As required by section 1848(e)(1)(H)(ii) and (iii) of the Act (as added by section 3102(b) of the ACA), the CY 2011 GPCIs reflect only one-half of the relative cost differences for the employee compensation and rent portions of the PE GPCI, and the ``hold harmless'' provision ensures that no locality receives a payment reduction resulting from the limited recognition of PE cost differences. For CY 2011, the ``hold harmless'' provision was applied by selecting the greater of the CY 2011 transitional PE GPCI value calculated with the limited recognition of cost differences or the CY 2011 transitional

Page 73261

PE GPCI value calculated with full recognition of cost differences.

In accordance with section 1848(e)(1)(I) of the Act (as added by section 10324(c) of the ACA), and consistent with the final FY 2011 hospital IPPS (75 FR 5160 through 5161), we applied a 1.0 PE GPCI floor for services furnished in frontier States. The frontier States are the following: Montana; Wyoming; North Dakota; Nevada; and South Dakota. As we indicated above in this section, section 1848(e)(1)(E) of the Act

(as amended by section 3102(a) of the ACA) extended the 1.0 work GPCI floor only through December 31, 2010. Therefore, the CY 2011 physician work GPCIs and summarized GAFs do not reflect the 1.0 work floor.

However, the permanent 1.5 work GPCI floor for Alaska (as established by section 134(b) of the MIPPA) will remain in effect for CY 2011.

We are finalizing the CY 2011 GPCIs shown in Addendum E. The GPCIs have been budget neutralized to ensure that nationwide, total RVUs are not impacted by changes in locality GPCIs. The 1.0 PE GPCI floor for frontier States and the PE GPCI ``hold harmless'' provision were applied to the budget neutralized GPCIs.

Typically when we complete a review and update of the GPCIs, the values shown represent the first year of the 2-year GPCI update transition. Although the CY 2011 GPCIs have been set on that basis, we note that we will be assessing the results of the various studies regarding the GPCIs and cost share weights (once they are completed), and exploring the use of the full ACS data. Based on these assessments, we may make additional proposals that would further modify the GPCIs for CY 2012, which would result in changes to the CY 2012 GPCIs shown in Addendum E to this final rule with comment period. Therefore, the final CY 2011 GPCIs may not reflect a true mid-point ``phase-in'' to the updated GPCIs, although, as noted above, they have been set for CY 2011 on that basis. The CY 2011 updated GAFs and GPCIs may be found in

Addenda D and E of this final rule with comment period. 3. Payment Localities

The current PFS locality structure was developed and implemented in 1997. There are currently 89 localities; 34 localities are Statewide areas. There are 52 localities in the other 18 States, with 10 States having 2 localities, 2 States having 3 localities, 1 State having 4 localities, and 3 States having 5 or more localities. The District of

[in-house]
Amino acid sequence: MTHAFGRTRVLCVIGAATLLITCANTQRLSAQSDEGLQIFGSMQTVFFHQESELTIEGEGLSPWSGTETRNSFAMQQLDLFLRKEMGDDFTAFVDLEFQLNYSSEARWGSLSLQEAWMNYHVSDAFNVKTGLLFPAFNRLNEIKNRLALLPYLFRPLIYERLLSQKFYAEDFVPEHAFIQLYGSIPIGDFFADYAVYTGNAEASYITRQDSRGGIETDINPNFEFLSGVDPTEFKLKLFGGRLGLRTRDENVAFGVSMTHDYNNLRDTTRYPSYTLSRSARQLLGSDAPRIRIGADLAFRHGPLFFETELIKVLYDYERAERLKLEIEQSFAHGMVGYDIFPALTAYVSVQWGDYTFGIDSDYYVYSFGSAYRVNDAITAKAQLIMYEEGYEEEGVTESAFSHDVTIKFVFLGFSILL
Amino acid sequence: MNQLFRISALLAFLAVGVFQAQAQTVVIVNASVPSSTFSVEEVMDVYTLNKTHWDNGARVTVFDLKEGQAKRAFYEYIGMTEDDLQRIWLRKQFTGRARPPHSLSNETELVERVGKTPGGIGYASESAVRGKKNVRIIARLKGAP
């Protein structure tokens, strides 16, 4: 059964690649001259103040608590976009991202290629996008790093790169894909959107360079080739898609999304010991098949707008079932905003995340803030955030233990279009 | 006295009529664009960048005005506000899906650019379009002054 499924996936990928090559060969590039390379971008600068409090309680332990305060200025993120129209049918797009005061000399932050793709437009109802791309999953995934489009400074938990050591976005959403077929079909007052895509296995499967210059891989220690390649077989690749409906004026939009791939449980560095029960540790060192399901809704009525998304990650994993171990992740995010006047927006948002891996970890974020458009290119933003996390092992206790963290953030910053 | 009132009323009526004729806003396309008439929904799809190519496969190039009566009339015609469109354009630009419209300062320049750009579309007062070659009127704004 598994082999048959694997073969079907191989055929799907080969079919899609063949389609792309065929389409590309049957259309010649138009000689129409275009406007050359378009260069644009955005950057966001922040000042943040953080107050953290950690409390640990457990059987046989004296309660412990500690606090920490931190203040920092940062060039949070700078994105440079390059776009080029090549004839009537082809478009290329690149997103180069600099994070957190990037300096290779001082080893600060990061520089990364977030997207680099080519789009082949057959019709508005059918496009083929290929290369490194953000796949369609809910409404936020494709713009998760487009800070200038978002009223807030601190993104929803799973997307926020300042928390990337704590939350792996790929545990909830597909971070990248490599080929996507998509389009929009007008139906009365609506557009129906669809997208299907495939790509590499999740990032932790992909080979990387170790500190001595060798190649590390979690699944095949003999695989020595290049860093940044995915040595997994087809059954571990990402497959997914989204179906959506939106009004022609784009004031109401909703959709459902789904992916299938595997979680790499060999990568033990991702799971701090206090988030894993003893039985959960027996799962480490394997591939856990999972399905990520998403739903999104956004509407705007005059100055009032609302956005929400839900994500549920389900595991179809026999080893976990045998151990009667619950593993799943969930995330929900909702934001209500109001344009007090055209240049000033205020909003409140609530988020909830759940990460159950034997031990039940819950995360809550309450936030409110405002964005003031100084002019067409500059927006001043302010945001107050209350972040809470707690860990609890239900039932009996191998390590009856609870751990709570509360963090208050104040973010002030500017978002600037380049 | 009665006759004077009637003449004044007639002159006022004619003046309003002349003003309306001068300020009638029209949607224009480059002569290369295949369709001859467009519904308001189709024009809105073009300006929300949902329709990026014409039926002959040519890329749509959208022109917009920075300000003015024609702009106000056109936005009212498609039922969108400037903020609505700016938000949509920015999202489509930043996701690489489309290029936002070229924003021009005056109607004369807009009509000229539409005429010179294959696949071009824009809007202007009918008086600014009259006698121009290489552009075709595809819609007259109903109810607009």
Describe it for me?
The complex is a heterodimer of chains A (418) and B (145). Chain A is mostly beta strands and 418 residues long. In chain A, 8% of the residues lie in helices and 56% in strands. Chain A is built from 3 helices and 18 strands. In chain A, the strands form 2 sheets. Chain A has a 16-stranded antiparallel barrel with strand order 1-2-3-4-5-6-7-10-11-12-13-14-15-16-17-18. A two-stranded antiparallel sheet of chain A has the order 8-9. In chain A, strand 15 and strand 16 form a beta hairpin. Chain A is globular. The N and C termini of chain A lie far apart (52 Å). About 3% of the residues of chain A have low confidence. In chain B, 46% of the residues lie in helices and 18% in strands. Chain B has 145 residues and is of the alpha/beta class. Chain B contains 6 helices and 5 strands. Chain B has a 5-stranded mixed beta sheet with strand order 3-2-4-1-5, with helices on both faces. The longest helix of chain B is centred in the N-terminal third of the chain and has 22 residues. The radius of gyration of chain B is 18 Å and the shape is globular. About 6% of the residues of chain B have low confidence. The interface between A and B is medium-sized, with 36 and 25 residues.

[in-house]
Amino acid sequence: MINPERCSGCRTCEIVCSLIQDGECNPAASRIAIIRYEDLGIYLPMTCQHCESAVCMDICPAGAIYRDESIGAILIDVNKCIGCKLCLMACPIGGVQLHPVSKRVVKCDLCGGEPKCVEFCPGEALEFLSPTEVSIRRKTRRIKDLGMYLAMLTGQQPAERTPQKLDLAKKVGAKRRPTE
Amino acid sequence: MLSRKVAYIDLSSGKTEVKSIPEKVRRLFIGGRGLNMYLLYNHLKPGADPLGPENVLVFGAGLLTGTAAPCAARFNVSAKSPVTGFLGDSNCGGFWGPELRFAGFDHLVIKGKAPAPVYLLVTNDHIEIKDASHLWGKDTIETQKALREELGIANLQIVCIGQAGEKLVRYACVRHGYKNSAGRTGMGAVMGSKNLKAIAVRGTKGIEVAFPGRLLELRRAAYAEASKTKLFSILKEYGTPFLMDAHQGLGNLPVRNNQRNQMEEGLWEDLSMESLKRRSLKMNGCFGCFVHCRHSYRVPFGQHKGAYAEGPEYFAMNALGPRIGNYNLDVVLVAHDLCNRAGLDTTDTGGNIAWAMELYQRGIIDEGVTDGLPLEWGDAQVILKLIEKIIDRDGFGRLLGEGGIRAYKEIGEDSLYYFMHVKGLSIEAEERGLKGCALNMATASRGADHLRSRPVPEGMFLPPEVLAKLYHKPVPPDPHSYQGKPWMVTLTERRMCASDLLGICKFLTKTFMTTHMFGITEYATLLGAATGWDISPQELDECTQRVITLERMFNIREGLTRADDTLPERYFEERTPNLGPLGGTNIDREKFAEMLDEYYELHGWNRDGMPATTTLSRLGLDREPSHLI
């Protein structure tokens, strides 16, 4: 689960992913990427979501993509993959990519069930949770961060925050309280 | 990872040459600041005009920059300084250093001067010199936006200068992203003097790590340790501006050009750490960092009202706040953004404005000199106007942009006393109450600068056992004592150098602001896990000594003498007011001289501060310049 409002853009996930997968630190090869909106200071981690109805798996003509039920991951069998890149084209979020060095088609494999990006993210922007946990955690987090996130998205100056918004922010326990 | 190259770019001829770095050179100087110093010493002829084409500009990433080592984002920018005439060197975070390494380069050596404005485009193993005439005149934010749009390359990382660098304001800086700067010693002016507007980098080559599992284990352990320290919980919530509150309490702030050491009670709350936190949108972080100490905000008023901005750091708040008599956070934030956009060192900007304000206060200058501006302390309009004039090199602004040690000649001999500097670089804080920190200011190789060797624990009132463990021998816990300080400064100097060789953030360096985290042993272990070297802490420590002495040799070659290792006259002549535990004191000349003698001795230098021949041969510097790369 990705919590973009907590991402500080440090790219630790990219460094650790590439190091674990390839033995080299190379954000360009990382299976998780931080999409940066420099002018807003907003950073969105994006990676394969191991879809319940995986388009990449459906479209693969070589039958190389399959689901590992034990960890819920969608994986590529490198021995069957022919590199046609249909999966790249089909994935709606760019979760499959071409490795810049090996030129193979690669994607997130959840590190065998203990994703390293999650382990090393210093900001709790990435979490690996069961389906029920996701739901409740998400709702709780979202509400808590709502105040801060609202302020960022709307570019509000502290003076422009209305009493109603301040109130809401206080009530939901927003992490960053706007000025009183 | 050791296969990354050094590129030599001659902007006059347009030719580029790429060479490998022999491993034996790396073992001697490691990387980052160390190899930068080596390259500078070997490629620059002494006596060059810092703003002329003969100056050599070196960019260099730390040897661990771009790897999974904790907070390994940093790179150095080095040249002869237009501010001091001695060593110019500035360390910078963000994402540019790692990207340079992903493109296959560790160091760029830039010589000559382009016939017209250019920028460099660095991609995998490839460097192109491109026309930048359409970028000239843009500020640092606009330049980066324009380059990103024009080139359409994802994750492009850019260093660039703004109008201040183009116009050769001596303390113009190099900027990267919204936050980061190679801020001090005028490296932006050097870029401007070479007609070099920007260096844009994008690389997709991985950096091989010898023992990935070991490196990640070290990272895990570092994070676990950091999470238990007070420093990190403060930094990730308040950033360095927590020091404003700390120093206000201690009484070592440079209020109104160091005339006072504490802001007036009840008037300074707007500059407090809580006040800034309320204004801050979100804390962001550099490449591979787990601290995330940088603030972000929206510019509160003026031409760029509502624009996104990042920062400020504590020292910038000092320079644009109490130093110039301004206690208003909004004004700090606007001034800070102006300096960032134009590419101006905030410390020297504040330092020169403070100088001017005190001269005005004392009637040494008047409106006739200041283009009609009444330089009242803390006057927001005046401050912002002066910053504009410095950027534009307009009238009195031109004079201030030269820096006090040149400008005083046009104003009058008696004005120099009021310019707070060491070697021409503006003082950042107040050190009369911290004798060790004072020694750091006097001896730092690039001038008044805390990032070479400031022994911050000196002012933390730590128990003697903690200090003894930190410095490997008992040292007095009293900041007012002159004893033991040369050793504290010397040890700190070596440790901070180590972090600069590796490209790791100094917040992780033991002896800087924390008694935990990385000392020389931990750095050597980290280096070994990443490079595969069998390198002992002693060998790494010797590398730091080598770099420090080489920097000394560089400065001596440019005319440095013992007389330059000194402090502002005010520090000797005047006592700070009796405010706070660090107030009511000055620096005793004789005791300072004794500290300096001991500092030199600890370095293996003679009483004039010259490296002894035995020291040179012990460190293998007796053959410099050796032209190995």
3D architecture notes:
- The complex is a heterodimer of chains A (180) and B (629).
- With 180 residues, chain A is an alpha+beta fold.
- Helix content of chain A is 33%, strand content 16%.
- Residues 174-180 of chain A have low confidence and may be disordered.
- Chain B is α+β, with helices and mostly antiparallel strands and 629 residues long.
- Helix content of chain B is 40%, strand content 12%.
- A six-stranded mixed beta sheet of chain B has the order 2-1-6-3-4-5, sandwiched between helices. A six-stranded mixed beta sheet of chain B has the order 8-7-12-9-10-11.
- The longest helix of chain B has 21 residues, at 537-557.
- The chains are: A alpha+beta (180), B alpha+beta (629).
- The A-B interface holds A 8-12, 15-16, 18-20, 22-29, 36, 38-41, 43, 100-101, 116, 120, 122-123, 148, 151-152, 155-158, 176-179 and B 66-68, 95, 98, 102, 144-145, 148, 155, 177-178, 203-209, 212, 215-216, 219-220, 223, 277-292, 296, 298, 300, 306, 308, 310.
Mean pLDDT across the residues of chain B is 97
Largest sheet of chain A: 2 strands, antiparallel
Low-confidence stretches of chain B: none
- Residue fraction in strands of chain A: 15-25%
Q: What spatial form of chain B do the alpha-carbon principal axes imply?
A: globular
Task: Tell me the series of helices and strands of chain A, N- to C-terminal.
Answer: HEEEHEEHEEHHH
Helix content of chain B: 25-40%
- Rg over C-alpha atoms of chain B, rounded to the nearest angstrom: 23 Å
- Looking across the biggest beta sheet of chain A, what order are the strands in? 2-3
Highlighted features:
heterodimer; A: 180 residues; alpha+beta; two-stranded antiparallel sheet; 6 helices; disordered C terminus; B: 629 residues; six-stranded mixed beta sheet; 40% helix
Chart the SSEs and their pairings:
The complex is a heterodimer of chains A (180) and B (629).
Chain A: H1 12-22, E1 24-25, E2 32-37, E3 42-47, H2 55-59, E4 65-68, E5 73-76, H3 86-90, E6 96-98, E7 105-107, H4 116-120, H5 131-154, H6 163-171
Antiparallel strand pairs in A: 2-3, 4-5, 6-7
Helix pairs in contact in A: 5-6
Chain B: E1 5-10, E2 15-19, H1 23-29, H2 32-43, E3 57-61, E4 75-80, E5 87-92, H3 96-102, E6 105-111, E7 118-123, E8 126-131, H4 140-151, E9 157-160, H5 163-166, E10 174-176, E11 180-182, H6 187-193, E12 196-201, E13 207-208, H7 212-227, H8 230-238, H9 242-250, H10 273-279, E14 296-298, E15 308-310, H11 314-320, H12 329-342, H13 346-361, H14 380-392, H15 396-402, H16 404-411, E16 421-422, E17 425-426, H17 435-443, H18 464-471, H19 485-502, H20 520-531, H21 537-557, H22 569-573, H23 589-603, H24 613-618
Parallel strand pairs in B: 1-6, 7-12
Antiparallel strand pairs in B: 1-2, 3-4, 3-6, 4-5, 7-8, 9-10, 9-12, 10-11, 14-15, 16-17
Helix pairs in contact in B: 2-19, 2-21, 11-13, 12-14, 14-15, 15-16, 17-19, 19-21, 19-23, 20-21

Columbia, Maryland, and Virginia suburbs, Puerto Rico, and the Virgin

Islands are additional localities that make up the remainder of the total of 89 localities. The development of the current locality structure is described in detail in the CY 1997 PFS proposed rule (61

FR 34615) and the subsequent final rule with comment period (61 FR 59494).

As we have previously noted in the CYs 2008 and 2009 proposed rules

(72 FR 38139 and 73 FR 38513), any changes to the locality configuration must be made in a budget neutral manner within a State and can lead to significant redistributions in payments. For many years, we have not considered making changes to localities without the support of a State medical association in order to demonstrate consensus for the change among the professionals whose payments would be affected (with some increasing and some decreasing). However, we have recognized that, over time, changes in demographics or local economic conditions may lead us to conduct a more comprehensive examination of existing payment localities.

For the past several years, we have been involved in discussions with physician groups and their representatives about recent shifts in relative demographics and economic conditions, most notably within the current California payment locality structure. We explained in the CY 2008 PFS final rule with comment period that we intended to conduct a thorough analysis of potential approaches to reconfiguring localities and would address this issue again in future rulemaking. For more information, we refer readers to the CY 2008 PFS proposed rule (72 FR 38139) and subsequent final rule with comment period (72 FR 66245).